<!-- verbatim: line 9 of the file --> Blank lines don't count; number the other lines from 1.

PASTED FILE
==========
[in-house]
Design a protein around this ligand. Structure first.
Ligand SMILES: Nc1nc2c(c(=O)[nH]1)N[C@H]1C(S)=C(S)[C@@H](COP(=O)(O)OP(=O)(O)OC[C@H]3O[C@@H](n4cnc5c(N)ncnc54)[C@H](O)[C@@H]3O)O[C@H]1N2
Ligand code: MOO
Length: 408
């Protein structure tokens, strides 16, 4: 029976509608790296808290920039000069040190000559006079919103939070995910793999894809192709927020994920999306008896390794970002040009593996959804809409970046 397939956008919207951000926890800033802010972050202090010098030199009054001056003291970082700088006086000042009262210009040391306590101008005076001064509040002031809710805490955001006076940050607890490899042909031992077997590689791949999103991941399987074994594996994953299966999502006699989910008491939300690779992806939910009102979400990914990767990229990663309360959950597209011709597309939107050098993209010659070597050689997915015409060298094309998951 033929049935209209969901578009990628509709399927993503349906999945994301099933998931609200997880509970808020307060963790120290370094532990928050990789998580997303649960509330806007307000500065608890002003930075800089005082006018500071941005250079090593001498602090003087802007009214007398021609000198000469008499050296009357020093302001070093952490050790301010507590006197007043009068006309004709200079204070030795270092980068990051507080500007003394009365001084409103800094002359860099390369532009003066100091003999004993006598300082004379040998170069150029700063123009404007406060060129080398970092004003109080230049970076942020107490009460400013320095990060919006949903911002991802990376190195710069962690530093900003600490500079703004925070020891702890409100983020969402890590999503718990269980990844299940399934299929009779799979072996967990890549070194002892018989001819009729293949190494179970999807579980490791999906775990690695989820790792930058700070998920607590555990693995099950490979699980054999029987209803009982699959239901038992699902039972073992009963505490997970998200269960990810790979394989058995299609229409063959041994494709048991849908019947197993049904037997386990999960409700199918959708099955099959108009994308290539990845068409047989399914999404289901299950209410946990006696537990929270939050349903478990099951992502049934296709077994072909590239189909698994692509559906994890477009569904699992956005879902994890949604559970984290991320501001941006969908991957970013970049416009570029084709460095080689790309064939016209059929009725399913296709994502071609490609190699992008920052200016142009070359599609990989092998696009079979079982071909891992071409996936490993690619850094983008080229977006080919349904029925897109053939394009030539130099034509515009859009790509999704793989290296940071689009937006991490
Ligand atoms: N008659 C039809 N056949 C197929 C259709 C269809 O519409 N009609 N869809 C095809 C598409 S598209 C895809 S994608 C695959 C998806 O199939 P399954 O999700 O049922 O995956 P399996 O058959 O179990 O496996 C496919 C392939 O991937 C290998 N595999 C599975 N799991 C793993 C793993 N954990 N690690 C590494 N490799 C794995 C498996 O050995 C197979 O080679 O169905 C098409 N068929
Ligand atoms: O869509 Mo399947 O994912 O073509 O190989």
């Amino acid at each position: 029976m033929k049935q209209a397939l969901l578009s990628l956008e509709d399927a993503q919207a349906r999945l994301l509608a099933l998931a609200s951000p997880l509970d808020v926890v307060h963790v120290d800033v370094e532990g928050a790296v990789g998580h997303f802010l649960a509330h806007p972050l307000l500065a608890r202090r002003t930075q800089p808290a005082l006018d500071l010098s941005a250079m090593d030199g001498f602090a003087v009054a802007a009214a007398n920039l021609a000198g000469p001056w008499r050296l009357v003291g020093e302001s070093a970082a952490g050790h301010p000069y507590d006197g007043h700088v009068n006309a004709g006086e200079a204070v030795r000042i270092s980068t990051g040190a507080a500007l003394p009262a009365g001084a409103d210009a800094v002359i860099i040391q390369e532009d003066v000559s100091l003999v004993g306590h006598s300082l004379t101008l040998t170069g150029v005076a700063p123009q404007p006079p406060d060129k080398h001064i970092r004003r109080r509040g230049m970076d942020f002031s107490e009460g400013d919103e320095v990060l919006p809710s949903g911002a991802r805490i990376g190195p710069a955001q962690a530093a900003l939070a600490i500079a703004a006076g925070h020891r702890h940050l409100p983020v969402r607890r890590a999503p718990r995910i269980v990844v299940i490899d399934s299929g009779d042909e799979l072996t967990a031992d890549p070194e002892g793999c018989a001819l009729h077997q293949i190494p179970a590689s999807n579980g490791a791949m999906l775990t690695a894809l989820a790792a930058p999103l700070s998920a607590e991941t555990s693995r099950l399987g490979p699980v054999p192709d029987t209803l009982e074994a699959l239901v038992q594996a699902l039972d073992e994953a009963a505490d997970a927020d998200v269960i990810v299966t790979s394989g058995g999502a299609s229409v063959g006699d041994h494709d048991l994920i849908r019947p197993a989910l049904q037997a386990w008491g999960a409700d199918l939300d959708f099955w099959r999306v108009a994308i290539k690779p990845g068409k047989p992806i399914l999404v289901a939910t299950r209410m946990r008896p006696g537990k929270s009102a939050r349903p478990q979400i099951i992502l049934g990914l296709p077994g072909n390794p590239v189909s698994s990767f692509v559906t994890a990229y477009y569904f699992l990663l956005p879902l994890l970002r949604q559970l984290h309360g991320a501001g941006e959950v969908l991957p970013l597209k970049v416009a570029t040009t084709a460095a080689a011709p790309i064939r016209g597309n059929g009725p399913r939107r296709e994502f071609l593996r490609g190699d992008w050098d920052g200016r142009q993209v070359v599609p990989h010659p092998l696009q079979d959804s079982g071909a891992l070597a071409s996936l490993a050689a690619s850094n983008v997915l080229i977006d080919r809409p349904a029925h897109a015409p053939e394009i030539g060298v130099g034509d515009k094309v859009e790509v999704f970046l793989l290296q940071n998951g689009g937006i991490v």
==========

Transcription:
């Amino acid at each position: 029976m033929k049935q209209a397939l969901l578009s990628l956008e509709d399927a993503q919207a349906r999945l994301l509608a099933l998931a609200s951000p997880l509970d808020v926890v307060h963790v120290d800033v370094e532990g928050a790296v990789g998580h997303f802010l649960a509330h806007p972050l307000l500065a608890r202090r002003t930075q800089p808290a005082l006018d500071l010098s941005a250079m090593d030199g001498f602090a003087v009054a802007a009214a007398n920039l021609a000198g000469p001056w008499r050296l009357v003291g020093e302001s070093a970082a952490g050790h301010p000069y507590d006197g007043h700088v009068n006309a004709g006086e200079a204070v030795r000042i270092s980068t990051g040190a507080a500007l003394p009262a009365g001084a409103d210009a800094v002359i860099i040391q390369e532009d003066v000559s100091l003999v004993g306590h006598s300082l004379t101008l040998t170069g150029v005076a700063p123009q404007p006079p406060d060129k080398h001064i970092r004003r109080r509040g230049m970076d942020f002031s107490e009460g400013d919103e320095v990060l919006p809710s949903g911002a991802r805490i990376g190195p710069a955001q962690a530093a900003l939070a600490i500079a703004a006076g925070h020891r702890h940050l409100p983020v969402r607890r890590a999503p718990r995910i269980v990844v299940i490899d399934s299929g009779d042909e799979l072996t967990a031992d890549p070194e002892g793999c018989a001819l009729h077997q293949i190494p179970a590689s999807n579980g490791a791949m999906l775990t690695a894809l989820a790792a930058p999103l700070s998920a607590e991941t555990s693995r099950l399987g490979p699980v054999p192709d029987t209803l009982e074994a699959l239901v038992q594996a699902l039972d073992e994953a009963a505490d997970a927020d998200v269960i990810v299966t790979s394989g058995g999502a299609s229409v063959g006699d041994h494709d048991l994920i849908r019947p197993a989910l049904q037997a386990w008491g999960a409700d199918l939300d959708f099955w099959r999306v108009a994308i290539k690779p990845g068409k047989p992806i399914l999404v289901a939910t299950r209410m946990r008896p006696g537990k929270s009102a939050r349903p478990q979400i099951i992502l049934g990914l296709p077994g072909n390794p590239v189909s698994s990767f692509v559906t994890a990229y477009y569904f699992l990663l956005p879902l994890l970002r949604q559970l984290h309360g991320a501001g941006e959950v969908l991957p970013l597209k970049v416009a570029t040009t084709a460095a080689a011709p790309i064939r016209g597309n059929g009725p399913r939107r296709e994502f071609l593996r490609g190699d992008w050098d920052g200016r142009q993209v070359v599609p990989h010659p092998l696009q079979d959804s079982g071909a891992l070597a071409s996936l490993a050689a690619s850094n983008v997915l080229i977006d080919r809409p349904a029925h897109a015409p053939e394009i030539g060298v130099g034509d515009k094309v859009e790509v999704f970046l793989l290296q940071n998951g689009g937006i991490v």